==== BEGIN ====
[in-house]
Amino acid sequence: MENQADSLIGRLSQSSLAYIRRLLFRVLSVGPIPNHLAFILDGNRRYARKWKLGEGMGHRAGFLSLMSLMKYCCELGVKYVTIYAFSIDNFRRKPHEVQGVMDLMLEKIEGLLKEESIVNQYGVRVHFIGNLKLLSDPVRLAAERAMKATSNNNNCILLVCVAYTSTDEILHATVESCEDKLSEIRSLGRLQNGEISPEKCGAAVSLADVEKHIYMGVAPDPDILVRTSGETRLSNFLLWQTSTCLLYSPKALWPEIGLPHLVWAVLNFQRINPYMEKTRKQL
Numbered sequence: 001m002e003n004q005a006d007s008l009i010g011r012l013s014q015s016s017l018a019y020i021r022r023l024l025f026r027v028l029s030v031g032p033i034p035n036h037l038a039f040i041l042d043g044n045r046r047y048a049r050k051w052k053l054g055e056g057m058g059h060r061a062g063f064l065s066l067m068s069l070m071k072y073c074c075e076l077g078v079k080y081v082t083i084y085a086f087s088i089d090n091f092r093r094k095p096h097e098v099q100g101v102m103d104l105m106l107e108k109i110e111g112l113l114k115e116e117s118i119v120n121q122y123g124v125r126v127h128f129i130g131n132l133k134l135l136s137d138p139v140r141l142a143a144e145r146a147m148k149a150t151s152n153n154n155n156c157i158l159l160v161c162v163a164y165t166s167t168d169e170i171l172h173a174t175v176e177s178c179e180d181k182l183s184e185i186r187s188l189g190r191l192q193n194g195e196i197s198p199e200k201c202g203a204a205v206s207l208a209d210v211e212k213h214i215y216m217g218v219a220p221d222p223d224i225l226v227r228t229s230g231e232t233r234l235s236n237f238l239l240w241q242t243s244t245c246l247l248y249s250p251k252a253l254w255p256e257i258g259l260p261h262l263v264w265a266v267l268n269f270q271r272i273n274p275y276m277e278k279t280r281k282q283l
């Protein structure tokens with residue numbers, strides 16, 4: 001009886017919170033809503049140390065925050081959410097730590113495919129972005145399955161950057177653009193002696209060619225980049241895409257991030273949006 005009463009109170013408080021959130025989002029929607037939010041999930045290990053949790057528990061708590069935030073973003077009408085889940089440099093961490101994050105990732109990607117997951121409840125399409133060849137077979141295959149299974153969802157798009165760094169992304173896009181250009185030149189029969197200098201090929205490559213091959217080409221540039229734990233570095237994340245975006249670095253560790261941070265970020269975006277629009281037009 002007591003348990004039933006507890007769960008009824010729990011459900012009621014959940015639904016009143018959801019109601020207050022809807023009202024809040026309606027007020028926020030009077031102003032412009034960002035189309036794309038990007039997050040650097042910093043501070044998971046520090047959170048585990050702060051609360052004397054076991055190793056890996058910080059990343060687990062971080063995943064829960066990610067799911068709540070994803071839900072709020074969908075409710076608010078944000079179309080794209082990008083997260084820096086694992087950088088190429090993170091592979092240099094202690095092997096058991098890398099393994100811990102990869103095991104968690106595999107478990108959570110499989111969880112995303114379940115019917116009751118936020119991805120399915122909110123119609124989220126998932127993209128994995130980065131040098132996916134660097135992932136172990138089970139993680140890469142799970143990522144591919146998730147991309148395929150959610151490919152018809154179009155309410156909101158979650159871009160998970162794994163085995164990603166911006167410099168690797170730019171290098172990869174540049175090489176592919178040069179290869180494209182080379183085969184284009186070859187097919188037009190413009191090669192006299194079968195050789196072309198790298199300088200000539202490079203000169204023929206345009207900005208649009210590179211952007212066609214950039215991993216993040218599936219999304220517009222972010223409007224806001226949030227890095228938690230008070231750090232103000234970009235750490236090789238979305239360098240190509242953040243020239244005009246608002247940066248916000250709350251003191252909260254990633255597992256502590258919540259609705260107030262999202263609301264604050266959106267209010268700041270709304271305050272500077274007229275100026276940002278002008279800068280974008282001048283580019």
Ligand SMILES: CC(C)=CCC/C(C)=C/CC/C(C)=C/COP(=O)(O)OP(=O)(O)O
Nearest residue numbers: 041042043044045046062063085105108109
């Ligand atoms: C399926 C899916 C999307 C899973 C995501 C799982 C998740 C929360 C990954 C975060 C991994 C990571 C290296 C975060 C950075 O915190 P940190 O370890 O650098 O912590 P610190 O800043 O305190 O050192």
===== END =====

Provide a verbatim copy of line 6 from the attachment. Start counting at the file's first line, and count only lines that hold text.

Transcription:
Nearest residue numbers: 041042043044045046062063085105108109